The series featured mostly local Seattle talent, although there were a few notable guest stars such as Russell Johnson (Gilligan’s Island) and Harry Anderson (Night Court and Dave’s World.) Harry Nile episodes were not told in strict chronological order. An episode might be told from the mid-1950s followed by one from the late 1940s. Episodes could be set after Harry has been settled in Seattle for several years or they could be set back when he was in Los Angeles with his office over a tailor’s shop.

175 of the 271 Harry Nile episodes French recorded from 1991 on were done before a live studio audience. Generally these live recording would include Harry Nile and an episode of another series.

While Harry Nile would become French’s flagship show, it would be far from his only one. In 1996, Jim French productions launched Kincaid the Strange Keeper about an investigative journalist that uncovers supernatural goings on. In 1998, French launched a Sherlock Holmes series with The Further Adventures of Sherlock Holmes (not to be confused with the BBC Radio 4 series of the same name.) The series initially starred John Gilbert as Holmes, but he was replaced with John Patrick Lowrie in 2000. French would then produce The Classic Adventures of Sherlock Holmes beginning in 2005 and eventually would cover ever story in the Holmes canon.

French also launched Imagination Theater. He  successfully syndicated the series across the United States. It would become an hour-long program that would not only serve as a vehicle for French’s programs (both old and new) but also works by other producers of audio drama, including Louie L’Amour and Colonial Radio Theatre.

In 2003, Harper passed away at age 64 and Larry Albert, who played Watson in Sherlock Holmes, took over as the second voice of Harry Nile after 156 episodes. In Albert’s run as Nile, there was a separate series of adventures called War Comes to Harry Nile. In Harper’s run, Pearl Harbor had been touched on, and then there had been two non-War related episodes during World War II. II. War Comes to Harry Nile did a lot to fill out what happened to Harry during those crucial war years.

At the same time, French continued to launch new programs in the mid-2000s. Raffles, the Gentlemen Thief followed the famous criminal character A.J. Raffles on his escapades. There was also The Hillary Caine Mysteries focusing on a “girl detective” working for a magazine in the 1930s and Kerides the Thinker, focusing on a young philosopher who finds himself drawn into all kinds of mysteries in Third Century BC Greece. French’s audience thrilled to new historic detective stories, but modern tales tended to be shorter-lived. (The exception to this was Kincaid the Strangeseeker.) Most of these series were produced at an episode or two per year. There were nineteen episodes of Raffles released over twelve years, twenty-two Hillary Caine episodes released over twelve years, and eighteen Kerides episodes released over ten years. Over the course of a couple different specials, it was established that all Jim French series existed in a shared universe.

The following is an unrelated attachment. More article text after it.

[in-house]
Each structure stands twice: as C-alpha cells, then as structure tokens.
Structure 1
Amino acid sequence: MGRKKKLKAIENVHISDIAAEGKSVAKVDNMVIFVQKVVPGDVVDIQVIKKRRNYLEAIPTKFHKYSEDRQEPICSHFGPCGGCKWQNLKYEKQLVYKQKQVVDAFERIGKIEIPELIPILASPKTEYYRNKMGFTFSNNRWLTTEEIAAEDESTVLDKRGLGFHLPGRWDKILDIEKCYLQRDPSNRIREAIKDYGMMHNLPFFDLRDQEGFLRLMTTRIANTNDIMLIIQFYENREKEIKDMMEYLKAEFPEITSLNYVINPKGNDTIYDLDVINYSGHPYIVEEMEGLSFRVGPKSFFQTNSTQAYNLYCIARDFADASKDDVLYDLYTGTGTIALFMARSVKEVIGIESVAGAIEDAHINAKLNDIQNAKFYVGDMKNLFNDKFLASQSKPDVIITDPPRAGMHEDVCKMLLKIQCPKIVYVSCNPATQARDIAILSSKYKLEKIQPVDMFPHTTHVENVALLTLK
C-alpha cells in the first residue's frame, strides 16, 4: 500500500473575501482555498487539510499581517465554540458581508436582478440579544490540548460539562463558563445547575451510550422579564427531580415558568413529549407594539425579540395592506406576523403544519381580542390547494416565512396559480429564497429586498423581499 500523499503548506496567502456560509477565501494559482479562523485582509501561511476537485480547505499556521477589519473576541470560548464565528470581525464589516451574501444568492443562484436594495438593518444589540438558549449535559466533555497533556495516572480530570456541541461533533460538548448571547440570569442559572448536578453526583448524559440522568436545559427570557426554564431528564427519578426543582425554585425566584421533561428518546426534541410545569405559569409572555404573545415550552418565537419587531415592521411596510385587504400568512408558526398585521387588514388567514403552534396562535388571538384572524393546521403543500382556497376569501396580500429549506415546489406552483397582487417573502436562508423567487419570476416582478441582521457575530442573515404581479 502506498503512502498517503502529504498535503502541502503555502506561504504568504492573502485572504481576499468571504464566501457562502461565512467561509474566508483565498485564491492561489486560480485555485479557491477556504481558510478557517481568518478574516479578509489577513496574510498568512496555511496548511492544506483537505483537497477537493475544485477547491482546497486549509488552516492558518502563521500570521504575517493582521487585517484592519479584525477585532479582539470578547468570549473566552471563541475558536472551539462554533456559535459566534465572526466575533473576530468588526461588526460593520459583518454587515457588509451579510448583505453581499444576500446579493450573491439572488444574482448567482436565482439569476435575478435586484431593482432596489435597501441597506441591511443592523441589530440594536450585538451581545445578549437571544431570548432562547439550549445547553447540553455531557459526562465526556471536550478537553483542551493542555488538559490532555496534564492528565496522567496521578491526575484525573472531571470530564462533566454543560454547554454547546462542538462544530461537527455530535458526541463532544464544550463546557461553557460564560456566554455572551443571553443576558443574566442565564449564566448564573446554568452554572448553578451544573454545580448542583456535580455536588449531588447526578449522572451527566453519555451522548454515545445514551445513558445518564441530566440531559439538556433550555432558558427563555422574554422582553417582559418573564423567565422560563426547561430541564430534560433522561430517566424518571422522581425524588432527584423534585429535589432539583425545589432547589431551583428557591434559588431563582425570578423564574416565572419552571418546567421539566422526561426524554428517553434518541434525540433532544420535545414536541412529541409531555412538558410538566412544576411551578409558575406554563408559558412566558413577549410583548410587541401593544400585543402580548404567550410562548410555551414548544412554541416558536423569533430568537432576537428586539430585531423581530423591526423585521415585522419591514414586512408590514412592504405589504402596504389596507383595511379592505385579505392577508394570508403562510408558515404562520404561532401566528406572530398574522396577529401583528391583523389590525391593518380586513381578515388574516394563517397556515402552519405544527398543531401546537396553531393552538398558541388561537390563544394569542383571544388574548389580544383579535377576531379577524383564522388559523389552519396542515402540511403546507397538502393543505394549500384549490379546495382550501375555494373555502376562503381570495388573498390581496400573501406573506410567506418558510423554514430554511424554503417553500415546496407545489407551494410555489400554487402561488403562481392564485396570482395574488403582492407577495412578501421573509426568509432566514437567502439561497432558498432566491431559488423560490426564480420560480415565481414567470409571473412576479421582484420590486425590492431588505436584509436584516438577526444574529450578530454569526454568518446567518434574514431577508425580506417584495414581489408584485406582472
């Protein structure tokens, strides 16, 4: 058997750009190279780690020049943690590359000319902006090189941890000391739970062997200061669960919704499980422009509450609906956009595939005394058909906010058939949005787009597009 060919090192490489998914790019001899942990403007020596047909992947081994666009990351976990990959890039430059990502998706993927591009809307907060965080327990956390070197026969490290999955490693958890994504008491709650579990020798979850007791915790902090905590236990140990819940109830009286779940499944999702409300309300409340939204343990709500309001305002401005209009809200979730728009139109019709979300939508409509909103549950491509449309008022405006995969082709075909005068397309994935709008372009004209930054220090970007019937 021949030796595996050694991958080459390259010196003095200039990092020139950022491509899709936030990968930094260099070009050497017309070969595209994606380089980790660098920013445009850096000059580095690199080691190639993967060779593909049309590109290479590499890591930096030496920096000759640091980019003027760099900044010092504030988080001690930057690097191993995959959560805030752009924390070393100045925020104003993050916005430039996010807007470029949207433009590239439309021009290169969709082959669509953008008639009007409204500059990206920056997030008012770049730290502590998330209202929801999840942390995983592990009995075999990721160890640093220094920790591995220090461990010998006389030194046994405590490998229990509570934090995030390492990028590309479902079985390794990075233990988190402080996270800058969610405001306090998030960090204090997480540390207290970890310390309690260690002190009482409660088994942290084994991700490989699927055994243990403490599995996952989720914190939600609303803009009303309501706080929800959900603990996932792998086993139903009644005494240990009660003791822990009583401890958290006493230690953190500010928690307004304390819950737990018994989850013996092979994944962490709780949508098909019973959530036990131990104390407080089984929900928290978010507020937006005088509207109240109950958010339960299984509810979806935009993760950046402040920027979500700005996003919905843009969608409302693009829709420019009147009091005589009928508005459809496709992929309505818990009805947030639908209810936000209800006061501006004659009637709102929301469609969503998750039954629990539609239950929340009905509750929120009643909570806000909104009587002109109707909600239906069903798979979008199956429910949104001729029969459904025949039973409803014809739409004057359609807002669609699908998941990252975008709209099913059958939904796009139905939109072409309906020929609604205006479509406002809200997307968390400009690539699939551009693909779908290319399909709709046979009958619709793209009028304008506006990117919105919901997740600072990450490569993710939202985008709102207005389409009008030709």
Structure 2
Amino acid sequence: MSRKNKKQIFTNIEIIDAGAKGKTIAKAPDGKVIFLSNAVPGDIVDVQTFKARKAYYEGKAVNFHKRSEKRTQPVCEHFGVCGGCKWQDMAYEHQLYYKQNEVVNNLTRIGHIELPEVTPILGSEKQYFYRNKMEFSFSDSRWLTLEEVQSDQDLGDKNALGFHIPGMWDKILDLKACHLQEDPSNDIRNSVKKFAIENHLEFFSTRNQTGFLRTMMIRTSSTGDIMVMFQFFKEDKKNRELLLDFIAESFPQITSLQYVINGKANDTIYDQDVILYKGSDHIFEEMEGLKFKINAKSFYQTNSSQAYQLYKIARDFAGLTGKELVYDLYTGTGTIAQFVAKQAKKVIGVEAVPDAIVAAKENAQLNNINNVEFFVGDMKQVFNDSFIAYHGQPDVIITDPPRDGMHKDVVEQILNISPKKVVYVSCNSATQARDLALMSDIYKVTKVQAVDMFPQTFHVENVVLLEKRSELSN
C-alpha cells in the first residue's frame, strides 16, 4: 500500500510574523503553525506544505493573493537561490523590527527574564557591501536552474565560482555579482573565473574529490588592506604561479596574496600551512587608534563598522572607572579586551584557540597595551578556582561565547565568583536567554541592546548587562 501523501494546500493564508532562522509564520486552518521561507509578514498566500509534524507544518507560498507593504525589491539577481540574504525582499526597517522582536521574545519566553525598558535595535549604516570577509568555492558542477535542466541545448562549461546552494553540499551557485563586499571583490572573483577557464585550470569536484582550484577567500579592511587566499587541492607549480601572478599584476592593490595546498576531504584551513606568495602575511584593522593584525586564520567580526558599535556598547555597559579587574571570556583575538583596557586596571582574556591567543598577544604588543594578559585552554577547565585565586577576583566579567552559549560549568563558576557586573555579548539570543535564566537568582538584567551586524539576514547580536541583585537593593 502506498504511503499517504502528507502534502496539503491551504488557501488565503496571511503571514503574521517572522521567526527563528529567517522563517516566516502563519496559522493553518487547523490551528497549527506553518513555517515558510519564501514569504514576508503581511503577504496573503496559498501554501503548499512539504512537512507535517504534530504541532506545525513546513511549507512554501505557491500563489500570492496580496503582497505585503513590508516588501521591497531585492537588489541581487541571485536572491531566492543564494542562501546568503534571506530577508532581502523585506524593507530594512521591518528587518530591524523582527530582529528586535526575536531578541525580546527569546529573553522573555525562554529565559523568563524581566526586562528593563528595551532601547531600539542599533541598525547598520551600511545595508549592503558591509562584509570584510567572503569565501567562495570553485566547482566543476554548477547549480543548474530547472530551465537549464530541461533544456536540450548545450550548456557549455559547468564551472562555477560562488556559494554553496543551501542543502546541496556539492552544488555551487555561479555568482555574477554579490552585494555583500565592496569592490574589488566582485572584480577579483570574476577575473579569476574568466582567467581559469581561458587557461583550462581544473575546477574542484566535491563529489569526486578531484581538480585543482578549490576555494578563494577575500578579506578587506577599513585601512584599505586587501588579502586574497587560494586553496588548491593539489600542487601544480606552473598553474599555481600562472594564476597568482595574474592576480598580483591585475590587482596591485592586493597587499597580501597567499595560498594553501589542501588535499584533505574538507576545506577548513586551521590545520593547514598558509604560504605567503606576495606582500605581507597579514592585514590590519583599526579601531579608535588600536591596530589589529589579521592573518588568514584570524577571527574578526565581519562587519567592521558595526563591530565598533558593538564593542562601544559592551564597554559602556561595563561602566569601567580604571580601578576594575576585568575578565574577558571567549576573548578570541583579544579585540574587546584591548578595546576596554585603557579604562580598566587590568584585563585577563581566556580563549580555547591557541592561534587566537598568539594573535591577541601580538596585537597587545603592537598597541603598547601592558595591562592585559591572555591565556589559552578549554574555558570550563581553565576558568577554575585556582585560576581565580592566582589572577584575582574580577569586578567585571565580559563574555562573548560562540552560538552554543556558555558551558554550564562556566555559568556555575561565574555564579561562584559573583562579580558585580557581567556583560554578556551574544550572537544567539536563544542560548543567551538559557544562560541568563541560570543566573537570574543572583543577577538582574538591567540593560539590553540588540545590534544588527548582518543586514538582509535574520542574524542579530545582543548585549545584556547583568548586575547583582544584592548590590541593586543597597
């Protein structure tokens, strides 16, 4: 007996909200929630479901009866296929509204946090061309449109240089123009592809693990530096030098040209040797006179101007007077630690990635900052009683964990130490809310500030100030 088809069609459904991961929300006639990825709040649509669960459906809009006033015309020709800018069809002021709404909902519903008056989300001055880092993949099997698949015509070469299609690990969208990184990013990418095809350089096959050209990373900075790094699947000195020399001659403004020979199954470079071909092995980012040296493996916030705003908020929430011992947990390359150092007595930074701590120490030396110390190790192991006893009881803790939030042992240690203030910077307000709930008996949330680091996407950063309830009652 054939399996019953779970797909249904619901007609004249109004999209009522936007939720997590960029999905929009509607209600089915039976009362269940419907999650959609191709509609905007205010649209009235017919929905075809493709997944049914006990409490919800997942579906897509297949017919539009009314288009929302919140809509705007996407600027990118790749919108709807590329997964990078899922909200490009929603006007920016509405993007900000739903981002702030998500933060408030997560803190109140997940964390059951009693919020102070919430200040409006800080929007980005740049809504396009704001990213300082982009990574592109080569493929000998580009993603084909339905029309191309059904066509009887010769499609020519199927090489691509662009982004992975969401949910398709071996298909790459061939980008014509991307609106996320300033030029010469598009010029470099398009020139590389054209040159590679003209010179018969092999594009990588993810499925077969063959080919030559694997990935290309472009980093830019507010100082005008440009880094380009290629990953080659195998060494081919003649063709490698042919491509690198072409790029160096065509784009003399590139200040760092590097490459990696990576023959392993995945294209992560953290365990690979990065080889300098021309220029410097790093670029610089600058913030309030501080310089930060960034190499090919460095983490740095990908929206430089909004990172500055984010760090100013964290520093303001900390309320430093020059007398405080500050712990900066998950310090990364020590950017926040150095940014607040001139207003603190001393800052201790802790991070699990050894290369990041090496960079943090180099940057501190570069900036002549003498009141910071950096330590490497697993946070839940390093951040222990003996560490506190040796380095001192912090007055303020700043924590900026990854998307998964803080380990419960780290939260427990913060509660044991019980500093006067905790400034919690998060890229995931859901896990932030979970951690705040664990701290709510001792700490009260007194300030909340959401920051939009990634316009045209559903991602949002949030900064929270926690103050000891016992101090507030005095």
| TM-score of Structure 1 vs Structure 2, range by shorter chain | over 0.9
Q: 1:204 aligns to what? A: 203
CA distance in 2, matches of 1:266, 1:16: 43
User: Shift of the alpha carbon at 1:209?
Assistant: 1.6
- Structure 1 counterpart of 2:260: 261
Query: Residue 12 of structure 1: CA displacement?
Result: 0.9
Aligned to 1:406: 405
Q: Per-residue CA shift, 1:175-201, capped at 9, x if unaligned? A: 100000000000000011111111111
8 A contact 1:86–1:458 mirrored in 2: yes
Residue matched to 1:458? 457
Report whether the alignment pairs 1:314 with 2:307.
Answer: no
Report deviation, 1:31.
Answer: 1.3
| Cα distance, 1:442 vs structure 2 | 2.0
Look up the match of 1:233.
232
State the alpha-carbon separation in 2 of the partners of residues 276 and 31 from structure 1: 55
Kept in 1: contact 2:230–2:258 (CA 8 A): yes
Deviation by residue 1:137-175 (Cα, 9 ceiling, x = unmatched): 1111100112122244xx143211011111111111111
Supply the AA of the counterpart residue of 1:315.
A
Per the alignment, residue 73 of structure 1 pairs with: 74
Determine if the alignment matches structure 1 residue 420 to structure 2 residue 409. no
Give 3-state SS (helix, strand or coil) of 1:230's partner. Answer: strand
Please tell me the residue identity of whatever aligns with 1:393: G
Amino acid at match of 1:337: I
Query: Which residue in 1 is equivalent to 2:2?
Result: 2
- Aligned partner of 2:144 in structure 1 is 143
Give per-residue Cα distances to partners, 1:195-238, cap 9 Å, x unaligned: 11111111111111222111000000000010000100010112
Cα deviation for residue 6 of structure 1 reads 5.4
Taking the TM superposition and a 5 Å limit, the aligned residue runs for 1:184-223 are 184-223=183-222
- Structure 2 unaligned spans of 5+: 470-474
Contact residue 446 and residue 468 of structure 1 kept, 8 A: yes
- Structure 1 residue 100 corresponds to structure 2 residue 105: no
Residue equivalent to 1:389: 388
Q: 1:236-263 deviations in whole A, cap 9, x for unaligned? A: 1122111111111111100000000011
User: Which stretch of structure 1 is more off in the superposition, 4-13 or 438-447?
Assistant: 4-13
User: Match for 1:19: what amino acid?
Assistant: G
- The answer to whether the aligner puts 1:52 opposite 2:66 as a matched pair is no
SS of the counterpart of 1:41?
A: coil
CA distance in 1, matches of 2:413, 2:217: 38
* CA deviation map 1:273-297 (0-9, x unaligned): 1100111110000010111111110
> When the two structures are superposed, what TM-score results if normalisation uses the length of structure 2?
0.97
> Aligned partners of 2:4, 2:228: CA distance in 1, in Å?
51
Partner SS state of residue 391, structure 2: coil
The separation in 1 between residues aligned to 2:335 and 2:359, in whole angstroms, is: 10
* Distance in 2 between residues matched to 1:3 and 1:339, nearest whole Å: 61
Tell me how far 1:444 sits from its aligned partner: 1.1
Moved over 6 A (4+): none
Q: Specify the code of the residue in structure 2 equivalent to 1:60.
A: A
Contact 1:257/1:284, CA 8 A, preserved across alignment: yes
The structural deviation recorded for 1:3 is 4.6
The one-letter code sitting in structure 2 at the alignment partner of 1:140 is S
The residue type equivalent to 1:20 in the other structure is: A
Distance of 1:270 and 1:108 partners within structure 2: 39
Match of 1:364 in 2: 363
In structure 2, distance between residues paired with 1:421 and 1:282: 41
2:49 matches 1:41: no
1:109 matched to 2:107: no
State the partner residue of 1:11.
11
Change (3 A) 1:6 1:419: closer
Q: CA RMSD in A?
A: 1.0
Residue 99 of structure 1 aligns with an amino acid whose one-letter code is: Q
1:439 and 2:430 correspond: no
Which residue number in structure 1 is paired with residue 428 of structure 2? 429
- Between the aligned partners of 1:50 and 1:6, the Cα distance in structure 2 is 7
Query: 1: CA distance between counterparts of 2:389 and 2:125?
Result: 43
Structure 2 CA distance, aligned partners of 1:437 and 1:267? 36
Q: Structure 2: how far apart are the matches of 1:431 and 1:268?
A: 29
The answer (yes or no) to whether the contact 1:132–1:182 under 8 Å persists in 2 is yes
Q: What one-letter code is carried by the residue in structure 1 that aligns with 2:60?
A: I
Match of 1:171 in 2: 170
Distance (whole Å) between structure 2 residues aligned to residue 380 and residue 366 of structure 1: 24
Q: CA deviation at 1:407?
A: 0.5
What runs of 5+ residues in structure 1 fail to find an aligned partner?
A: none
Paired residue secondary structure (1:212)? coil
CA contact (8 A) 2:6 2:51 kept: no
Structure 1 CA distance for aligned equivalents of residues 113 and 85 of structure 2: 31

Of course, French didn’t do this all by himself. He built up a solid group of talented actors, directors, and other creative professionals to bring the series together. British writer M.J. Elliott, and Larry Albert and Pat French, who could direct in addition to writing were among those who helped maintain the creative output.

In 2012, Pat French retired from the role of Murphy and passed away in February 2017 and Jim French productions closed its doors in March with the last Imagination Theater released in February 2017 with an implied huge shift in the relationship between Harry and his long-time comrade in, “Harry and Murphy,” the 294th episode of Harry Nile. French himself died in December 2017. His family gave old time radio seller Radio Spirits the rights to produce CDs and audiobooks of his books and episodes of Harry Nile began to appear on Radio Classics.

Yet, that wasn’t quite the end of the road for French’s creations. John Patrick Lowrie had an idea and was able to persuade Larry Albert and others to revive Harry Nile. With the blessing of the French family estate, Harry Nile and Sherlock Holmes returned to the air with new adventures produced by a new company called Audio Visions LLC. Harry Nile returned in October of 2017 with the episode, “Once More with Feeling.” The first episode of 2018, “A Guy Named Jim” paid Tribute to the show’s creator.

Since then Audio Visions LLC has produced new episodes of both Harry Nile and Sherlock Holmes. There have now been more than 320 Harry Nile episodes released. They’ve also created their own modern series featuring an adult mother-daughter detective duo in Murder and the Murdochs. While they enjoy a much more limited syndication than Imagination Theater did at its heyday, Audio Visions continues the tradition Mr. French began of producing beloved audio dramas from the Pacific Northwest.

LA Theatre Works

L.A. Theatre Works has actually been in existence since 1974 but began as a conventional theatre. However, in the 1990s, it moved towards producing audio plays and has continued to operate in that way for the last quarter of a century.

The company has produced a wide variety of different plays. These have ranged from well-known plays by Shakespeare, Oscar Wilde, Arthur Miller, Neil Simon, and Noel Coward to adaptations of great works such as Dochotevsky’s The Idiot and The Brothers Karmazov to more modern plays and even some works designed for younger audiences. They also adapted plays from the legendary golden age of radio writer Norman Corwin including a new take on his play The Undecided Molecule as well as works he wrote for the stage.